Lodian culture

The Lodian culture or Jericho IX culture is a Pottery Neolithic archaeological culture of the Southern Levant dating to approximately the first half of the 5th millennium BCE.[1]

The Lodian culture is defined by its distinctive pottery. It was first identified by John Garstang during his excavations of the eponymous Layer IX at Jericho.[1] Thomas Levy later coined the term Lodian, shifting the type site to that of Lod, first excavated by Jacob Kaplan in the 1950s.[1] The relationship between the Lodian culture and the two other Southern Levantine Pottery Neolithic cultures, the Yarmoukian and the Wadi Raba culture, has been debated for many years. Levy argued that it was a short-lived but distinct tradition that emerged after the Yarmoukian and before the Wadi Raba.[1]

Most known settlements associated with the Lodian culture were small and ephemeral. From the few sites remains of architecture have been found, it appears the inhabitants lived in circular, semi-subterranean structures made from mudbrick.[1] They kept domestic animals, including sheep, goats, cattle and pigs, and also fished and hunted wild gazelle.[1] It is assumed that they also grew the typical Neolithic crops, e.g. cereals and legumes, but no archaeobotanical evidence has been recovered from Lodian sites to confirm this.[1]

Lodian pottery is typically painted and burnished, with distinctive geometric motifs and vessel forms.[1] Its lithic industry is dominated by flake tools, including several characteristic types of arrowheads (Haparsa, Nizzanim, and Herzlia points) and sickle blades. Bipolar cores, common in preceding cultures, disappeared during the Lodian.[1] Figurines and other ritual objects are notably rare in Lodian assemblages, unlike the Yarmoukian.[1]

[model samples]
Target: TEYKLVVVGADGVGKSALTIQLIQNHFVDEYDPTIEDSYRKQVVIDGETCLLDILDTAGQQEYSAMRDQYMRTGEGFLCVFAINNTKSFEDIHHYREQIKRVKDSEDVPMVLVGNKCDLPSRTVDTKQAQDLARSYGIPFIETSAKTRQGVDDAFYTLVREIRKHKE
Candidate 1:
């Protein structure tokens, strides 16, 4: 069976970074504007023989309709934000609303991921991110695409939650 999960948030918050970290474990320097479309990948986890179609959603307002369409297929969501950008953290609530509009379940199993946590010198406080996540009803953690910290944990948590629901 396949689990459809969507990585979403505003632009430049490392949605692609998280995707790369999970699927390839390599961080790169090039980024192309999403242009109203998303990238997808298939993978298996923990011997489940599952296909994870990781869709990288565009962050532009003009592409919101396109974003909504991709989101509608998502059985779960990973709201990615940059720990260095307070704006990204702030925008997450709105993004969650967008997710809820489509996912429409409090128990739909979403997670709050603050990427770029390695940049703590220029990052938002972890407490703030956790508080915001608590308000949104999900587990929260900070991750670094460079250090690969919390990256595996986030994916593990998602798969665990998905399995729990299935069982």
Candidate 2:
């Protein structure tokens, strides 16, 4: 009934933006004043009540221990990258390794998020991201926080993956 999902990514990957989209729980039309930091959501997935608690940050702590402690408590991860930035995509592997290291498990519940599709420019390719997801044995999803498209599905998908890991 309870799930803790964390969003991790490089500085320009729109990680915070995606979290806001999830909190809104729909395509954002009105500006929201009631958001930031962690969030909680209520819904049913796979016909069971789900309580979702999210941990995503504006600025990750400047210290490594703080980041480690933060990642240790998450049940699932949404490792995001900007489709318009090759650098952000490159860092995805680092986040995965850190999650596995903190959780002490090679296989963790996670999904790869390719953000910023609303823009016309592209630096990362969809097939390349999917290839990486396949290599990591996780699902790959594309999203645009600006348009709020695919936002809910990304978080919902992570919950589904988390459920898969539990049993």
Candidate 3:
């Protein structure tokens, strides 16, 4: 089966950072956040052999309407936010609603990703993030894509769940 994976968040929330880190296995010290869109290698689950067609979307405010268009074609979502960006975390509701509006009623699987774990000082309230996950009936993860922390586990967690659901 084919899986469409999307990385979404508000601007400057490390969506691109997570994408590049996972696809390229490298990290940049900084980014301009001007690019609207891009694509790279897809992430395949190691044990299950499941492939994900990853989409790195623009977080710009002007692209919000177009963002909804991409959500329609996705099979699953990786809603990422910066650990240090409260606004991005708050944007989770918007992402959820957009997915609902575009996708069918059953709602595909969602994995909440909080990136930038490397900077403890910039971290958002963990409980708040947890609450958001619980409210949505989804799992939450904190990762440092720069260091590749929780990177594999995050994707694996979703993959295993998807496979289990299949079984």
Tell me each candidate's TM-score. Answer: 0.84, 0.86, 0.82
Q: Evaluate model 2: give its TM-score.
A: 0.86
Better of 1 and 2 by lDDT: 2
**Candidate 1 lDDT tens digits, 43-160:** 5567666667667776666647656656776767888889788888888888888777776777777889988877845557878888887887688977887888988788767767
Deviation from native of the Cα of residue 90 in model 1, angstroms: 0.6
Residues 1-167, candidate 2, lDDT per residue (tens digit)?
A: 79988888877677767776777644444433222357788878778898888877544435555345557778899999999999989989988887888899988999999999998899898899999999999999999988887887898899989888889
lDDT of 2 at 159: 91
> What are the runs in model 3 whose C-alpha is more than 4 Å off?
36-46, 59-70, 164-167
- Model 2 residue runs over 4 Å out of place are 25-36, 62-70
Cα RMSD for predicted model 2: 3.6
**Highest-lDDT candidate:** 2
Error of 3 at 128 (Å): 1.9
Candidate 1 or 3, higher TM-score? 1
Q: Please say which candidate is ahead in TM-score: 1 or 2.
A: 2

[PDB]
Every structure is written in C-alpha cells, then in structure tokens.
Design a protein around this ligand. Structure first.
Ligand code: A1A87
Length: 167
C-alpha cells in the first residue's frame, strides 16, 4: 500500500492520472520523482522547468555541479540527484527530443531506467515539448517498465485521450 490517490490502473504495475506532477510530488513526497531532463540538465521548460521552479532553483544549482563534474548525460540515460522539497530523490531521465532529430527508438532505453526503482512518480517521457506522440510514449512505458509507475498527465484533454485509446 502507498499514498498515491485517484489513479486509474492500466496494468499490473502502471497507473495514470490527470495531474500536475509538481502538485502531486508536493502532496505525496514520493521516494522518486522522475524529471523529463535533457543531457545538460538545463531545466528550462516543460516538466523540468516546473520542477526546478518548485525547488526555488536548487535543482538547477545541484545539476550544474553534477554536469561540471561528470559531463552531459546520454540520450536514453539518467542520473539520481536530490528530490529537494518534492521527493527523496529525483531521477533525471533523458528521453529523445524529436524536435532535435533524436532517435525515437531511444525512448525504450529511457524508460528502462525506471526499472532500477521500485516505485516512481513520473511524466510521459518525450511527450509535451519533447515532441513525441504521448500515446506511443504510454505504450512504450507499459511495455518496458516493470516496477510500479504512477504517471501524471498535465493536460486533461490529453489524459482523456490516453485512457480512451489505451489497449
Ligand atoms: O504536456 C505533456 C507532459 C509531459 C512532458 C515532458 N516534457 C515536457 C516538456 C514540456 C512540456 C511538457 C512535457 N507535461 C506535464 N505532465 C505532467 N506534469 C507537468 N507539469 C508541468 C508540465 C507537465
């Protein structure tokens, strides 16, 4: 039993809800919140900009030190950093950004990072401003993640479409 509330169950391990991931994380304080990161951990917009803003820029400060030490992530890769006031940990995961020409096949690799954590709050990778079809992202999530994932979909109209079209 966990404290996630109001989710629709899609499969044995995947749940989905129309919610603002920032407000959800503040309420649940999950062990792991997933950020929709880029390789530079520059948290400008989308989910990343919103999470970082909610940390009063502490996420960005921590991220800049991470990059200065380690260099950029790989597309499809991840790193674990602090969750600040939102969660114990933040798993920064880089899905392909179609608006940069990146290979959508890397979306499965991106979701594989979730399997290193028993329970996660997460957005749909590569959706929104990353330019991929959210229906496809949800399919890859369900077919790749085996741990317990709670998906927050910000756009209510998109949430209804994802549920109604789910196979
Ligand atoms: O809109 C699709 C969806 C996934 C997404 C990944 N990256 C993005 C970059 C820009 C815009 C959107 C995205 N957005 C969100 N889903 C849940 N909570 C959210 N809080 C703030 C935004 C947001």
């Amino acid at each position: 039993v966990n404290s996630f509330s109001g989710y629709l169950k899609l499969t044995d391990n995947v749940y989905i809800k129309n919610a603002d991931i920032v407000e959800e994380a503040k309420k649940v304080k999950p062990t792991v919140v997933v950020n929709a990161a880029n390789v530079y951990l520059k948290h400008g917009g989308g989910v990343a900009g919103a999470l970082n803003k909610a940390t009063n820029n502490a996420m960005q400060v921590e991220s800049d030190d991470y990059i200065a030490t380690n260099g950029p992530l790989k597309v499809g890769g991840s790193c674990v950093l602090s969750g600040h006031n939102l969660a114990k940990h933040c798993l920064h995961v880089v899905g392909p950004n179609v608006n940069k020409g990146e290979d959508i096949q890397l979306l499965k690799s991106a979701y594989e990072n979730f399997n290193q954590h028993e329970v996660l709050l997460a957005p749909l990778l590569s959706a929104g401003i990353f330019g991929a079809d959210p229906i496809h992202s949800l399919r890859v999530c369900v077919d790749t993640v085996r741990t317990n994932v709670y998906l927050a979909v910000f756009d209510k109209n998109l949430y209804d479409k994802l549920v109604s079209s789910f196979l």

Sites with Lodian material include Jericho, Lod, Tel Megiddo, Teluliot Batashi, Tel Lachish, Tel Ali, Abu Zurayq, Wadi Shueib, Dhra′, Khirbet ed-Dharih, Nizzanim, Givat Haparsa,[1] and En Esur.[2]


  1. ^ a b c d e f g h i j k Levy, Thomas Evan (1998). The archaeology of society in the Holy Land (2nd ed.). Leicester University Press. pp. 210–211. ISBN 9780718501655. OCLC 40143782.
  2. ^ Yannai, Eli; Ariel, Donald T.; Carmi, Israel; Grosinger, Zohar; Horowitz, Aharon; Khalaily, Hamoudi; Lazar-Shorer, Dorit; Marder, Ofer; Milevski, Ianir (2006). "The Pottery Assemblages". ’En Esur (`Ein Asawir) I: excavations at a protohistoric site in the coastal plain of Israel. 31. Israel Antiquities Authority. pp. 63–178.

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